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Music Review: The Beastie Boys – The Mix-Up

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Most people know the Beastie Boys from the band's 1986 nine-times-platinum Licensed to Ill. Prior to that rap release, the Beasties were a punk band. 1995's Root Down contained some of the band's first forays into a more jam/groove sound. But in 1996, the band released the groovy funky masterpiece The In Sound From Way Out! I somehow got my hands on a French import. I liked how the band was described: "Le groupe sensationel "badboy" americain." With a prominent Farfisa sound throughout the CD, it sounded like the soundtrack to a 70s blaxploitation flick. Great music.

This year the band released a second instrumental work, The Mix Up. It is also available on vinyl. This album has quite a different flavor from The In Sound. It is mellower; still funky, but in a more soulful way. However, it still grooves like a 70s soul/jazz god playing a gig in a smoky basement bar in Chicago. There is more distorted guitar sound than the previous disc and song styles ranging from jazz to reggae. Most prominently, it is clear that these rappers are also highly talented musicians.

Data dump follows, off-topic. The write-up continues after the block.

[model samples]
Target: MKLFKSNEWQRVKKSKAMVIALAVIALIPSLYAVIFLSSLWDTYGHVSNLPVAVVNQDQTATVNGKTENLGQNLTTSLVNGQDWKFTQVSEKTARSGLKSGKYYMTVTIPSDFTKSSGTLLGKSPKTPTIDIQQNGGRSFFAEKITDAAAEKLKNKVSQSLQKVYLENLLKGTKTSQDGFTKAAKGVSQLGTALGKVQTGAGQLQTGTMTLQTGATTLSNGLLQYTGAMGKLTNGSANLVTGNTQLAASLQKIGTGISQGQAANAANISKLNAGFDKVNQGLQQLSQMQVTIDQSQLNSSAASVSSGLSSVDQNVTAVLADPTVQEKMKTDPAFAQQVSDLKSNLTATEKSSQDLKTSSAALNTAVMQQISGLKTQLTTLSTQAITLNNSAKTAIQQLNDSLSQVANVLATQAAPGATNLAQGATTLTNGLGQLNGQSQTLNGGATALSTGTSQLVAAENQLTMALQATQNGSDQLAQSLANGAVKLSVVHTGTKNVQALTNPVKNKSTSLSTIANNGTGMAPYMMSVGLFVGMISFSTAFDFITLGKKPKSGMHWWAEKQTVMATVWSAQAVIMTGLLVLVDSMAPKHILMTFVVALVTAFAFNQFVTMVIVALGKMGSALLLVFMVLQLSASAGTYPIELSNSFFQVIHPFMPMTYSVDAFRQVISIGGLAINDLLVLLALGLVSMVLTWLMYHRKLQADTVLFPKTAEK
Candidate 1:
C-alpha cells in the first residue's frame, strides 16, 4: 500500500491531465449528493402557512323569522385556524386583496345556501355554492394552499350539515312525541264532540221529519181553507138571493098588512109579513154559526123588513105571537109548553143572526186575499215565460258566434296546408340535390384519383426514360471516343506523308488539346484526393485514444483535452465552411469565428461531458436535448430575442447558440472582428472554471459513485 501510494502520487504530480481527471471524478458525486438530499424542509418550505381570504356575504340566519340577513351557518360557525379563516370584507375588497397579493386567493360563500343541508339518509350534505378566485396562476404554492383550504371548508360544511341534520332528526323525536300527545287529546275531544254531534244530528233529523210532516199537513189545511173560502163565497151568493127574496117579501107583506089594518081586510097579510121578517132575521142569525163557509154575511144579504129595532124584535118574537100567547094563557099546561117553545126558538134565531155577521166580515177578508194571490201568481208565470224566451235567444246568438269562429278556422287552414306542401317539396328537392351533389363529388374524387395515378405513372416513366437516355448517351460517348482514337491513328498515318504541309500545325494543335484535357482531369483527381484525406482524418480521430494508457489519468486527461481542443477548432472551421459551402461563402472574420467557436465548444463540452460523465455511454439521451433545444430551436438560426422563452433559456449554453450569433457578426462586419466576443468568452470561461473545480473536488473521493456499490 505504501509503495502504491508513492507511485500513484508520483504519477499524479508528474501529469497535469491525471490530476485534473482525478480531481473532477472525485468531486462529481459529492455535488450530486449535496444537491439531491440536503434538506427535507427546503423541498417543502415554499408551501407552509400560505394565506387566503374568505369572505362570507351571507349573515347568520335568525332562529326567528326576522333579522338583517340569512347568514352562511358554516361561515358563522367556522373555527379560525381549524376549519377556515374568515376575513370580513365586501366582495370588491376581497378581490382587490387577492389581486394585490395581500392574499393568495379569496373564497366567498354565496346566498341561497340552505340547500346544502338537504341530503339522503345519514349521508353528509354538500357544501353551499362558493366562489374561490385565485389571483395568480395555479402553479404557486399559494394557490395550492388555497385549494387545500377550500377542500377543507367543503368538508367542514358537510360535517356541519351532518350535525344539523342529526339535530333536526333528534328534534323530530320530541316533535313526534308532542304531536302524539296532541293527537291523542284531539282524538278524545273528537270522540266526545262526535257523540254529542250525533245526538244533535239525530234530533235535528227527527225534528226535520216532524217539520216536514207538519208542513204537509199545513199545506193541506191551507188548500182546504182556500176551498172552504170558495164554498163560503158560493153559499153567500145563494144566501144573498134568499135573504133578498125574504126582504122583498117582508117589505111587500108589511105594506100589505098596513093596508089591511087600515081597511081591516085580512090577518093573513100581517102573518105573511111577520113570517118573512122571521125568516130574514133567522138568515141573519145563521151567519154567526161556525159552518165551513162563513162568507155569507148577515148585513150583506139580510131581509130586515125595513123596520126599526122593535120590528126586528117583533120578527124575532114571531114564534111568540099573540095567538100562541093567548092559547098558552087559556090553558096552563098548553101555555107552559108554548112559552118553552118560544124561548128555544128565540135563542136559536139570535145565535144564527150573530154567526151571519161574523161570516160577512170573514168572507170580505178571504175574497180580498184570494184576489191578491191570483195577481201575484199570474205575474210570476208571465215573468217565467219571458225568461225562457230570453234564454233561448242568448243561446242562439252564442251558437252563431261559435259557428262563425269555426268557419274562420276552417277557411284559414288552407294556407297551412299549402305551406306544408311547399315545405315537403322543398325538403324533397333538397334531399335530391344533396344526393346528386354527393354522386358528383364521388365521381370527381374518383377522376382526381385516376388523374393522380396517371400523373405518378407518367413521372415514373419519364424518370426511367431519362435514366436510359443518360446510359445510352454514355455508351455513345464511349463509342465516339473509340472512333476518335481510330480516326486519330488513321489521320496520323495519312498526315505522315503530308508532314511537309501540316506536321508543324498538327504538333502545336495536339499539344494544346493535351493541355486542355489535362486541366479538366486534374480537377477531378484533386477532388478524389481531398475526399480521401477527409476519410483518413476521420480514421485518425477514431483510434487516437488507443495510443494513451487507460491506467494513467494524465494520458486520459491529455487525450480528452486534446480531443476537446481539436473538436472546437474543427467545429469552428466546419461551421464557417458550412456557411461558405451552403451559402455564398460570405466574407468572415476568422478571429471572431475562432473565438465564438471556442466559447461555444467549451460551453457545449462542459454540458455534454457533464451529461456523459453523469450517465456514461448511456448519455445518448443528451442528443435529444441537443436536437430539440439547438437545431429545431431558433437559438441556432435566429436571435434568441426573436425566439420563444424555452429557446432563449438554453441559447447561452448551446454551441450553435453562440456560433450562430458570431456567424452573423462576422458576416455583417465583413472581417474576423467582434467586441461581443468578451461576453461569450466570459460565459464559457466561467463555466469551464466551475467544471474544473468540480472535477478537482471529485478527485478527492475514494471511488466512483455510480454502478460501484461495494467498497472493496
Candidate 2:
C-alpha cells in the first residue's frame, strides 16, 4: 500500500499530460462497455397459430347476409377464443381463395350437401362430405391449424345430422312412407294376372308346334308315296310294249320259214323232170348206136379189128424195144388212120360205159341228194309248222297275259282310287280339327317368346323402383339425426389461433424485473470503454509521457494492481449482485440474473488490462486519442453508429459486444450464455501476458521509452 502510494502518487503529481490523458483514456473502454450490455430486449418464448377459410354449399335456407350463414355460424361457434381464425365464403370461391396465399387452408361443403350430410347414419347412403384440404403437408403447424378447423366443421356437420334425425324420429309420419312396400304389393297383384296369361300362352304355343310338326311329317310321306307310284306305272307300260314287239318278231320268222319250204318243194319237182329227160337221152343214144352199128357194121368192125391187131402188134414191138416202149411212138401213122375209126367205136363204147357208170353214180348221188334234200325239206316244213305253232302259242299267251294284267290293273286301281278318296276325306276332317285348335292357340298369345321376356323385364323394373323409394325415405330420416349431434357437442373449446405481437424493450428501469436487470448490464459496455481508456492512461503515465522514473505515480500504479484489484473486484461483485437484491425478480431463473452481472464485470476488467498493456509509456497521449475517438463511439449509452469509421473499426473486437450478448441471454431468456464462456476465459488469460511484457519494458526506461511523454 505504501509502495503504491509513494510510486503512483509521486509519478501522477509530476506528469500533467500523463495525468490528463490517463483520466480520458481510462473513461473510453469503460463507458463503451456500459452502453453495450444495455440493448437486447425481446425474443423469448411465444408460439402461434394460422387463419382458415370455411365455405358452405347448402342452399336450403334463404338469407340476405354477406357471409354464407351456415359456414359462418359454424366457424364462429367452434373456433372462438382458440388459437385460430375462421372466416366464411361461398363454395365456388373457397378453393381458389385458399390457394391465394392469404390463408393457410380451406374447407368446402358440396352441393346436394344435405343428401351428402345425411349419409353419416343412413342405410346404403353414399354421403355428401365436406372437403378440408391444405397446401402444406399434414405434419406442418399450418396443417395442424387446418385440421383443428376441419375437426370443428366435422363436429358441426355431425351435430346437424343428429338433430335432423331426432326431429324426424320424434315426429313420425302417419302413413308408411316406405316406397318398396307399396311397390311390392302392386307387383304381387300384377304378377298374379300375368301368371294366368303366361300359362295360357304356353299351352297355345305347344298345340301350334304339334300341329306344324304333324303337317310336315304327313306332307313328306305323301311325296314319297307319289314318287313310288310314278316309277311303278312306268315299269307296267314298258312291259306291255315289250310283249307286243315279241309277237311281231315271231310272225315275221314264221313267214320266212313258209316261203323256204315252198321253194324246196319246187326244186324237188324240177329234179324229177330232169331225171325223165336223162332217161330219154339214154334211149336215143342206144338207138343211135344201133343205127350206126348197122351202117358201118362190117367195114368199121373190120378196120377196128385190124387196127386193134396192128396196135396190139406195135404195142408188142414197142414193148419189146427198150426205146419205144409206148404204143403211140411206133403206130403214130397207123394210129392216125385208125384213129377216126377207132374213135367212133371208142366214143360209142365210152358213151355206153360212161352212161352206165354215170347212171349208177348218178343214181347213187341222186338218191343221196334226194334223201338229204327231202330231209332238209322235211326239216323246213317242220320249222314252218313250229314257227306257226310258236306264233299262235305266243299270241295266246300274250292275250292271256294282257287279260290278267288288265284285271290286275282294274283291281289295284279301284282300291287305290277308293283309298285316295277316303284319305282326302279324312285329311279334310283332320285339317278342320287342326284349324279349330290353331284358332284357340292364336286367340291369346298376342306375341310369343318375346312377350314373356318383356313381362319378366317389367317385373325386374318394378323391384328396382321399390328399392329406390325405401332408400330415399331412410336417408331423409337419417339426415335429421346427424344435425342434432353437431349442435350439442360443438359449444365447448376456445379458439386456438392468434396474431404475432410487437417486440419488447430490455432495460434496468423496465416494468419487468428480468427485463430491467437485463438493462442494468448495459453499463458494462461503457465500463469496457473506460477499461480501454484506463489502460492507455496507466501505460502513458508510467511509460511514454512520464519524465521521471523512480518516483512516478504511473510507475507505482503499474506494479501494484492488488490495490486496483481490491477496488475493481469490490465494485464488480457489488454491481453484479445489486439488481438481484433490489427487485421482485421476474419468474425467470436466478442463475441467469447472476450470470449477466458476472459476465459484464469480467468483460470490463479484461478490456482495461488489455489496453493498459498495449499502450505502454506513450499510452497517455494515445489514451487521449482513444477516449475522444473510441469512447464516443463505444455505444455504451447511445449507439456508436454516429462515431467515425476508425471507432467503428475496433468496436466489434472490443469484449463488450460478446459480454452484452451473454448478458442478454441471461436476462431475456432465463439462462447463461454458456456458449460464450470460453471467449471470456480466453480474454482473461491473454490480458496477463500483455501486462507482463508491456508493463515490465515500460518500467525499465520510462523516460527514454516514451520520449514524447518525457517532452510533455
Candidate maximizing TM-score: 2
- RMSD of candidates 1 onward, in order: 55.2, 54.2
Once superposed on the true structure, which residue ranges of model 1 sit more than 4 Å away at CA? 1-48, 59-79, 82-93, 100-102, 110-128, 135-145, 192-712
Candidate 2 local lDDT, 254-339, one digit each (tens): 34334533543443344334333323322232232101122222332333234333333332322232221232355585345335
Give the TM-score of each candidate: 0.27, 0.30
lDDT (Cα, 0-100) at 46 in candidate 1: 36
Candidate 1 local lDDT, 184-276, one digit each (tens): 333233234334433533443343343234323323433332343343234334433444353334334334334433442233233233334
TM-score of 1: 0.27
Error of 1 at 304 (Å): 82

"Dramaastically Different" has an eastern flavor to it, but unlike The In Sound's "Shambhala," no Buddhist chanting. "Off The Grid" has a great bass line – really; the whole CD does — and the video is posted in the band's blog for 5.15.07. "Freaky Hijiki" is a jazz tune. The rhythms on some of the songs, such as "The Kangaroo Rat," have a Go Go-ish feel to the meter. (I'd love to hear this band create a Go Go album.)

The cover art is a Pop Art Rube Goldberg sound board created by graphic designer Bill McMullen, who also did the cover design for the new Bad Brains release (produced by the Beastie Boys' Adam Yauch).

Like all great musicians, the Beastie Boys are progressive and unafraid to innovate. With any luck, we won't have to wait another eleven years for the next instrumental release!

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